by Daniel J. Graeber
Washington (UPI) Apr 15, 2015
A federal U.S. report shows oil production peaking in 2020, a forecast the industry says shows Washington needs to ensure dominance can continue.
The U.S. Energy Information Administration said in an annual report domestic crude oil production peaks at 10.6 million barrels per day in 2020 and then fades to 9.4 million bpd by 2040. The general increase is greater than the previous year's forecast.
The full-year average production for 2015 is forecast at 9.2 million bpd.
Kyle Isakower, a vice president for economic policy at the American Petroleum Institute, said federal data show the U.S. oil sector is resilient despite a weak crude oil market crimping spending on exploration and production.
"We need more energy -- not less -- especially as natural gas plays a rapidly growing role in America's energy mix and domestic oil production continues to replace imports," he said in a statement. "To meet the demands of a growing economy, policymakers must steer away from duplicative regulations, encourage free trade, and keep public lands open to energy production."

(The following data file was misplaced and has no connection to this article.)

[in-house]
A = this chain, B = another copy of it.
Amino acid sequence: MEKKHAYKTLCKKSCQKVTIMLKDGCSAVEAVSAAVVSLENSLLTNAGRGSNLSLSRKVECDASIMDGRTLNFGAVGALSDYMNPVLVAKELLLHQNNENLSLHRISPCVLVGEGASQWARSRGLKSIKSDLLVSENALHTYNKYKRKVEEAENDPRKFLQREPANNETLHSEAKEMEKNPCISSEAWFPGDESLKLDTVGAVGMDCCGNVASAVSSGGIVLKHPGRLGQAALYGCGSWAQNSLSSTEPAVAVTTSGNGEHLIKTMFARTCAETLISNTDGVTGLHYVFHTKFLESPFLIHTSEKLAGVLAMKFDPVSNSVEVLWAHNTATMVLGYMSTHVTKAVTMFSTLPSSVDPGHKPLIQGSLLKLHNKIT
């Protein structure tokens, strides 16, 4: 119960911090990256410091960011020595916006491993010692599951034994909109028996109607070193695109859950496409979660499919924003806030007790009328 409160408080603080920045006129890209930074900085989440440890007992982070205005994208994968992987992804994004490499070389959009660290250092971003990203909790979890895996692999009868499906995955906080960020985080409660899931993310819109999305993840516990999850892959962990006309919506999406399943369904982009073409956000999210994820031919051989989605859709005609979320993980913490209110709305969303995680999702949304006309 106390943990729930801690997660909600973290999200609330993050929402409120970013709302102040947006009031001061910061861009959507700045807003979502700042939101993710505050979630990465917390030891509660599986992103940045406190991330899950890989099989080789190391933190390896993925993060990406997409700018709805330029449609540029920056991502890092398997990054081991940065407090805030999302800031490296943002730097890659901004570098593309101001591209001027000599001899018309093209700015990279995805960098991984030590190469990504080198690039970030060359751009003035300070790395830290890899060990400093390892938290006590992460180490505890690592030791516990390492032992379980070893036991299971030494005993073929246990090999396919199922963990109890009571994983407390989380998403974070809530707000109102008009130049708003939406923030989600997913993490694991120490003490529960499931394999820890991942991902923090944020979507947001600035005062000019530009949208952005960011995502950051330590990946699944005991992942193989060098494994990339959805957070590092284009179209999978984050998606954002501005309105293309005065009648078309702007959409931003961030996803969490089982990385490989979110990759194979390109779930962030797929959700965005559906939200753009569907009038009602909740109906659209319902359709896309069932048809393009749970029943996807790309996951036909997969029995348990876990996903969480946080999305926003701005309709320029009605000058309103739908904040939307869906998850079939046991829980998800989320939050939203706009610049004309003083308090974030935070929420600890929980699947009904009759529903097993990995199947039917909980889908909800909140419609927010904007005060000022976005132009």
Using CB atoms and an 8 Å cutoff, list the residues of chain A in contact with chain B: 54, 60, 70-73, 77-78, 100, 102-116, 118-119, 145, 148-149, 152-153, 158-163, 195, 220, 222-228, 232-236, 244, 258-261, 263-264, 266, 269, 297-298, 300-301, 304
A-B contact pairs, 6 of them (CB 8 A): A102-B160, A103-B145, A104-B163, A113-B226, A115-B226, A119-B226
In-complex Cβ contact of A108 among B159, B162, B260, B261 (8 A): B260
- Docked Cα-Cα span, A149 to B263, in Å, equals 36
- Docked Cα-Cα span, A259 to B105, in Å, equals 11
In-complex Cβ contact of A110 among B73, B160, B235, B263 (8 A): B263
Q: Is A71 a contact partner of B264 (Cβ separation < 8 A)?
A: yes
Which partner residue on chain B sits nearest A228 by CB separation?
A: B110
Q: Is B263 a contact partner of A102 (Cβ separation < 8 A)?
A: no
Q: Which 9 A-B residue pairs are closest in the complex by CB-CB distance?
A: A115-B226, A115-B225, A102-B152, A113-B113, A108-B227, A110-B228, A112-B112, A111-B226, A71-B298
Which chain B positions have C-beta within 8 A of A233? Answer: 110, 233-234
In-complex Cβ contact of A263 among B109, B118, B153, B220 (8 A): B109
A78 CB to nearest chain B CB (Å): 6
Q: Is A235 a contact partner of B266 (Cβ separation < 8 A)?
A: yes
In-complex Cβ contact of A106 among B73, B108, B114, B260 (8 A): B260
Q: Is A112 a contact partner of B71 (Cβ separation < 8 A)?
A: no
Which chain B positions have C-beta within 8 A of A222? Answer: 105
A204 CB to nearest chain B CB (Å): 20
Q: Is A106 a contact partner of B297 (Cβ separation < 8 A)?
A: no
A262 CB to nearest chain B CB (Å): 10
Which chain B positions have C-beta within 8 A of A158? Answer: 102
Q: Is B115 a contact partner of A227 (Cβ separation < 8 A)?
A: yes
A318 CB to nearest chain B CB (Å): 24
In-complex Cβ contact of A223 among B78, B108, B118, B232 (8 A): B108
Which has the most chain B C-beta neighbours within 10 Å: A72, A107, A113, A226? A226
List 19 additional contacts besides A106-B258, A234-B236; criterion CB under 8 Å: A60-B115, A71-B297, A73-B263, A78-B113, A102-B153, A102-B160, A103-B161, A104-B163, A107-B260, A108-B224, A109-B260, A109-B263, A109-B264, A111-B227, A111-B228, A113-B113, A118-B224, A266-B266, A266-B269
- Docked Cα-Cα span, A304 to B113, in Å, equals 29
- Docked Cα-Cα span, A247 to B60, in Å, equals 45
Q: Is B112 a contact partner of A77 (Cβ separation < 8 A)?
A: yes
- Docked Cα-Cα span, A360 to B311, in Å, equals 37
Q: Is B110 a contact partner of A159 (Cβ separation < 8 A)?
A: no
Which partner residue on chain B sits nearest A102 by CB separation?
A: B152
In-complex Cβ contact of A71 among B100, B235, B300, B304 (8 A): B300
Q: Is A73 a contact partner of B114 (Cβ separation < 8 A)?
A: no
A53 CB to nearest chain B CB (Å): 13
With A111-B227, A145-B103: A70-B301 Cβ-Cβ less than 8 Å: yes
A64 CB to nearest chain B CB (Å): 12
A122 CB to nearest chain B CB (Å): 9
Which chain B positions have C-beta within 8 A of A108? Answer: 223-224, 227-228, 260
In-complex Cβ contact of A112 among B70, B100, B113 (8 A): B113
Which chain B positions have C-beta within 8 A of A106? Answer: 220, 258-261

Gains in U.S. oil production have come largely from domestic shale basins in Texas and North Dakota. Seven shale basins, located largely in the central United States, accounted for more than 90 percent of oil production growth from 2011-13, EIA said.
API this week said the industry had measures in place to ensure offshore oil production in the Gulf of Mexico. More oil, meanwhile, may come from Shell's re-sanctioned $5 billion effort to explore the arctic waters off the coast of Alaska.
Dan Ritzman, Alaska program director for the Sierra Club, cautioned there was too much of a rush for new oil.
"The science is clear; progress on climate depends on keeping dirty fuels in the ground, especially in the arctic," he said.
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